Attention Sag Harborites! Join us in supporting preservation of Sag Harbor Hills, Azurest, and Ninevah Subdivisions (SANS). If you live in the Village of Sag Harbor, please contact your local elected officials to let them know you support local historic district designation for SANS.
Why is SANS historically significant?
SANS is one of Long Island’s most significant historic districts associated with the Jim Crow era and Civil Rights Movement. African American families began purchasing property for summer houses in the waterfront community during the late 1940s. Elsewhere at this time, people of color struggled to access beaches and resorts across the United States due to racial segregation, violence, and discrimination.
SANS quickly emerged as a popular American American leisure destination in the late Jim Crow era, becoming a bastion of the burgeoning Civil Rights Movement. Many prominent black leaders and professionals became SANS homeowners, including Roscoe C. Brown Jr. (1922–2016), a decorated Tuskegee Airmen pilot, and Edward R. Dudley (1911–2005), a New York State Supreme Court Justice and U.S. Ambassador. Well-known celebrities like Lena Horne, Duke Ellington, and Harry Belafonte were also frequent visitors.
Why is SANS endangered?
SANS is threatened by demolition and fast-paced redevelopment, largely driven by skyrocketing property values on Long Island’s East End. Every year, original SANS properties are demolished and lots merged to make way for construction of much bigger, more exclusive new luxury real estate.
How can SANS be preserved?
Although the district was added to the National/State Registers of Historic Places in 2019, SANS is not yet designated as local historic district. Local designation is important because listing on the National/State Registers of Historic Places does not protect historic properties from destruction by their owners. Only designation by the Village of Sag Harbor as a local historic district can protect SANS from further demolition and redevelopment.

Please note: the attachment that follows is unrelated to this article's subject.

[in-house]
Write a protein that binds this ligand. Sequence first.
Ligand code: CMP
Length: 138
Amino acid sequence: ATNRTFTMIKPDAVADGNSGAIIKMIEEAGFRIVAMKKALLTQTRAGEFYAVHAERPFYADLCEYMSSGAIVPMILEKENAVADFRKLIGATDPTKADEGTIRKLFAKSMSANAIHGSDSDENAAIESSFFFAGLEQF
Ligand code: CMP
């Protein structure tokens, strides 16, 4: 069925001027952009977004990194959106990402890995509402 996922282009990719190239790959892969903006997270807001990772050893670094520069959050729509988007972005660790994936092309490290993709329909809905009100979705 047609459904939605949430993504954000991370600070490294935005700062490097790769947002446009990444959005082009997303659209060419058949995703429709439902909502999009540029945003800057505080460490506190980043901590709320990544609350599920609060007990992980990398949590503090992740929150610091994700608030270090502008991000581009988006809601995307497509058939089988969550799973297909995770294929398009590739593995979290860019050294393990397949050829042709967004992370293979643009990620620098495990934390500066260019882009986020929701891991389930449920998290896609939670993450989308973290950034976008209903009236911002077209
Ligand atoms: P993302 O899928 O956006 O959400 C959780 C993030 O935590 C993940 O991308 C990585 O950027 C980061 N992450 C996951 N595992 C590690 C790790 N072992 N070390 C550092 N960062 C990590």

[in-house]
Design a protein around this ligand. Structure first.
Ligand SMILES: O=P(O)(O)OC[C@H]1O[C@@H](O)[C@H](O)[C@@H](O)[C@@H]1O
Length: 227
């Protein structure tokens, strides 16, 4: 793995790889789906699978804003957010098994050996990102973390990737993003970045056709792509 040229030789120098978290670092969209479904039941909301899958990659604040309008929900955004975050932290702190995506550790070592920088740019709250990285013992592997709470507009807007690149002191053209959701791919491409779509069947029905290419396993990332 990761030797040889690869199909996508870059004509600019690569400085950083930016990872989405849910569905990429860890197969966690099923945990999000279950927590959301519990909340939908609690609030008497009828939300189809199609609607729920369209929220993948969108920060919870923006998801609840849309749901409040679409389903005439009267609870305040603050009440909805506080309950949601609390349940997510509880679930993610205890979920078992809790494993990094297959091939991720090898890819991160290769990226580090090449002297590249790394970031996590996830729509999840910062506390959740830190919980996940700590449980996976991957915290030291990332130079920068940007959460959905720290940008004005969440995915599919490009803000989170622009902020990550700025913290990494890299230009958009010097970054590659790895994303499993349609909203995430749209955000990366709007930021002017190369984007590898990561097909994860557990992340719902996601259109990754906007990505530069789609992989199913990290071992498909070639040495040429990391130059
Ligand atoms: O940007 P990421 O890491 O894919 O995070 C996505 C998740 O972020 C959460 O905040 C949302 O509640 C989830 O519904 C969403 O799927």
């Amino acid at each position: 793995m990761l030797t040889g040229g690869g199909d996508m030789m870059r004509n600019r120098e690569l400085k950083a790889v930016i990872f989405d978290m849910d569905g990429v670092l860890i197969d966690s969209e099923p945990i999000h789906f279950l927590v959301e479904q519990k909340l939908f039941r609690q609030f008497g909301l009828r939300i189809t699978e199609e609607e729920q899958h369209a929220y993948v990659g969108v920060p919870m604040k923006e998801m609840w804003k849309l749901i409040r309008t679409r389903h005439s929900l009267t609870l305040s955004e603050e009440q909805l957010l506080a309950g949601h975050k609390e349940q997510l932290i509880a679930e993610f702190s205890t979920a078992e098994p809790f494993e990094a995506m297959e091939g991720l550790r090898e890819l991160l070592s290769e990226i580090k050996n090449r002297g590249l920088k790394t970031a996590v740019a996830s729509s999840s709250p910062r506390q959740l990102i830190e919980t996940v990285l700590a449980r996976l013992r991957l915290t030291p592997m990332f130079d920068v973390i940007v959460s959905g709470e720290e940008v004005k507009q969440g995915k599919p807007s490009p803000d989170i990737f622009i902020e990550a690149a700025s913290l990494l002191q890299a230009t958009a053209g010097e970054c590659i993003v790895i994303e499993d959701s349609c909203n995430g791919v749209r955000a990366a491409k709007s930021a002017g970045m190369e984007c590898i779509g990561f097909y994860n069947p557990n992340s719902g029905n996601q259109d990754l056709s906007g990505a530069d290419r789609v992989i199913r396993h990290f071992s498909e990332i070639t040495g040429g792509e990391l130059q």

Preservation Long Island joins our local partners in advocating for the designation and preservation of SANS as a village historic district.
How does historic designation work in Sag Harbor Village?
The process of historic designation is outlined by Article XIII of the Zoning Code, which governs historic preservation and architectural review in Sag Harbor. The village adopted its historic preservation law in the 1970s, which has protected Sag Harbor’s diverse historic places from demolition and redevelopment ever since. Historic preservation in Sag Harbor also benefits from village participation in the Certified Local Government (CLG) Program. The CLG Program is a federally-sponsored initiative that offers participating local governments access to special preservation grants, services, and technical support from the New York State Historic Preservation Office. As of May 2021, the Village of Sag Harbor is one of only 10 CLGs in Nassau and Suffolk Counties.
Preservation Long Island’s Endangered Historic Places Program is made possible in part by a grant from the New York State Council on the Arts with the support of Governor Andrew M. Cuomo and the New York State Legislature.